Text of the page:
In this tutorial, I would explain to you how an API Gateway forwards requests to backend Microservices.
- What is Zuul?
- How Zuul Routes Requests
- Routing by Service Names
- Routing by IP Address/Hostnames
- Performing Load Balancing
1. What is Zuul?
Zuul is an open-source proxy and routing application provided by Netflix. This means that Zuul can be configured to route incomming request to certain microservices. Hence Zuul (also called Zuul Proxy) can be used to implement an API Gateway.
Additionally, Zuul can perform load-balancing functions.
2. How Zuul Routes Requests
First, we need to note that a Zuul API Gateway is just another Spring Boot Application. Then you need to add the Spring Web and the Zuul Proxy dependencies.
After you have the application, you need to annotate the main application class with @EnableZuulProxy annotation.
Finally, you will create the application.yml file and places the configurations there
3. Routing by Service Names
In this examples, we would consider a microservices scenario where the services are registered with a discovery server. Therefore, they are referenced by their service names instead of ip addresses or hostnames
Assuming that a http request coming to Zuul is /myusers and has to be forwarded to a service named users, then we would say:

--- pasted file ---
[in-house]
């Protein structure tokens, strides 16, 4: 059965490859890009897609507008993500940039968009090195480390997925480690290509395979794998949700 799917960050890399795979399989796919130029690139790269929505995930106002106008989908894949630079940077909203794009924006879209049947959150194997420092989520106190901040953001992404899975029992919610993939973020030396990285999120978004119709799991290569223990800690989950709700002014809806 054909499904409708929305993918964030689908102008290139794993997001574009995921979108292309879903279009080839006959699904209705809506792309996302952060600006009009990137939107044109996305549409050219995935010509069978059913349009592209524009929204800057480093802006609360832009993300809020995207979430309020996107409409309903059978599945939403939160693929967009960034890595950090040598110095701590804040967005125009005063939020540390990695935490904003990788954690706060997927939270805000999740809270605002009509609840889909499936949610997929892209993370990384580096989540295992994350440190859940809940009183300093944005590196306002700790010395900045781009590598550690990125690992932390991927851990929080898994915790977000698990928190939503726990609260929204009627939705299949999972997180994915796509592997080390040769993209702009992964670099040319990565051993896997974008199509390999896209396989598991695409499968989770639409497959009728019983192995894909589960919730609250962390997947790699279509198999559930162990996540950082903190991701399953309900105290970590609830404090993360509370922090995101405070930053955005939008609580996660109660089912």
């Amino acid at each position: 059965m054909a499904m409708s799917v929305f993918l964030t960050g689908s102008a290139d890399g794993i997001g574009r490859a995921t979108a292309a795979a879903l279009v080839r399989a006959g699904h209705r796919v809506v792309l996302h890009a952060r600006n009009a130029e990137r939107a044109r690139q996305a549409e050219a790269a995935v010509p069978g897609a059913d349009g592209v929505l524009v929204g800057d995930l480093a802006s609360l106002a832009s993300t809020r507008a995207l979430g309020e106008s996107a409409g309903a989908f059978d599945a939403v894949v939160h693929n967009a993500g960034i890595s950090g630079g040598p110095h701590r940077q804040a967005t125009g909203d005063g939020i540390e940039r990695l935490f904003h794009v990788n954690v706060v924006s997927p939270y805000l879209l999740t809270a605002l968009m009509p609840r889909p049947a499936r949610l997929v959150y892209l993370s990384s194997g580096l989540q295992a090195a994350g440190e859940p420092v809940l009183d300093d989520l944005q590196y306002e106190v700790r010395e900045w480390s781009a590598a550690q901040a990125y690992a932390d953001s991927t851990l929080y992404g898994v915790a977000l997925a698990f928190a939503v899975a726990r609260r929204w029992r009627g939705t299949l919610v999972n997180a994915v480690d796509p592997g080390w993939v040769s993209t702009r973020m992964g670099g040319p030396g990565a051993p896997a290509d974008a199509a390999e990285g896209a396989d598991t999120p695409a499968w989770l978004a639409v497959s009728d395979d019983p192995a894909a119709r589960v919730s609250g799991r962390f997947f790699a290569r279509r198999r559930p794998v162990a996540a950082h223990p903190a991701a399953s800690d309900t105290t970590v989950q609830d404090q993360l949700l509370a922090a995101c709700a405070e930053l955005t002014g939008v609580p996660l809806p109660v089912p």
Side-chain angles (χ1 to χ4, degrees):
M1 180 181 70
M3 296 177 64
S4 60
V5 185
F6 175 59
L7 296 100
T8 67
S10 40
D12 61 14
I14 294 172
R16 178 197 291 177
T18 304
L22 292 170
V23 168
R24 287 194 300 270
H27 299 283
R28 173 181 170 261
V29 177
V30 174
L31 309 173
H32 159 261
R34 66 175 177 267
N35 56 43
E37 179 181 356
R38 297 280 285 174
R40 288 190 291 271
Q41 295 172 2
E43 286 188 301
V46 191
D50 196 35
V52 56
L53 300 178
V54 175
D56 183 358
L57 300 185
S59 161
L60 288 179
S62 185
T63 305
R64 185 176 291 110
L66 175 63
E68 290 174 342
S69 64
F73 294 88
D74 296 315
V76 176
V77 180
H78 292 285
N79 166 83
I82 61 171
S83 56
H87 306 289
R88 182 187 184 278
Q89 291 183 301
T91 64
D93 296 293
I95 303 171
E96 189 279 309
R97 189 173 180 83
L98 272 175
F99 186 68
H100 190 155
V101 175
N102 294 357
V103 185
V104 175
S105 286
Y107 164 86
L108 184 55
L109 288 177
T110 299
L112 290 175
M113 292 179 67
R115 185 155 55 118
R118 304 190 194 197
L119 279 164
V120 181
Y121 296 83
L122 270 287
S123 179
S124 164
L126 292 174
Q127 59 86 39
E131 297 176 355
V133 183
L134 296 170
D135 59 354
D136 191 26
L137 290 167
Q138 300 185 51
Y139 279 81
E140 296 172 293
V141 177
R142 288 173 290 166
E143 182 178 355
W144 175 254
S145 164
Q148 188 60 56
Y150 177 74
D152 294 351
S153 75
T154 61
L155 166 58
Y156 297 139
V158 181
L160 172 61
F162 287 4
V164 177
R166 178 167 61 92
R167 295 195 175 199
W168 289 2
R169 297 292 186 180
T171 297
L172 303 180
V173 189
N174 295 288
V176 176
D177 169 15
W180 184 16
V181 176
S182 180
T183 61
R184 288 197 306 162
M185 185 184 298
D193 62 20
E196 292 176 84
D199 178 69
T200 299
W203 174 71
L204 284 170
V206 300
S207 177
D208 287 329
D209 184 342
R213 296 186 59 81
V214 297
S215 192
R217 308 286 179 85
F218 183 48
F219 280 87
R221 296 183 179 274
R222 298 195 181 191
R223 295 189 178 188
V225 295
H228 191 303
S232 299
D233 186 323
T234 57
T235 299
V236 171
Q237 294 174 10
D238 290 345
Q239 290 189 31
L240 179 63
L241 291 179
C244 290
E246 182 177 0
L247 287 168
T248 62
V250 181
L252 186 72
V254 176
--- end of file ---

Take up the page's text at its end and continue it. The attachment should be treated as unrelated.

zuul: routes: users: /myusers/**
This means that requests coming to /myusers would be forwarded to users service. For instance /myusers/abc would be fowarded to users/abc)
Look at the code below
zuul: routes: users: path: /myusers/** serviceId: users_service
This code above means that any request coming to /myusers as before would be forwarded to users_service/myusers
- /myusers/all is forwarded to users_service/all
- /myusers/vip/usa is forwarded to users_service/vip/usa
- /myusers/kindson/dob is forwarded to users_service/kindson/dob
4. Routing by IP Addresses/Hostnames
The Zuul proxy can also route requests to any url. In this case, instead of using serviceId, you use url. This is shown below:
zuul: routes: users: path: /lessons/** url: https://youtube.com/kindsonthetechpro
In the example above, any requests coming to /lessons/ would be routed to https://www.youtube.com/kindsonthetechpro
5. Performing Load Balancing
Now assuming you want to forward to more than one end point or service. Or say the backend server is running two or more instances. This can be done in such a way that the requests load-balances between the servers.
The code below illustrates this.
zuul: routes: users: path: /myusers/** serviceId: users ribbon: eureka: enabled: false users: ribbon: listOfServers: munonye.com,google.com
In the example below, we have provided an application running two instances, each of a different port:
zuul: routes: users: path: /myusers/** serviceId: users ribbon: eureka: enabled: false users: ribbon: listOfServers: http://localhost:8081",http://localhost:8082"
I would recommend you watch the video for as it becomes clearer.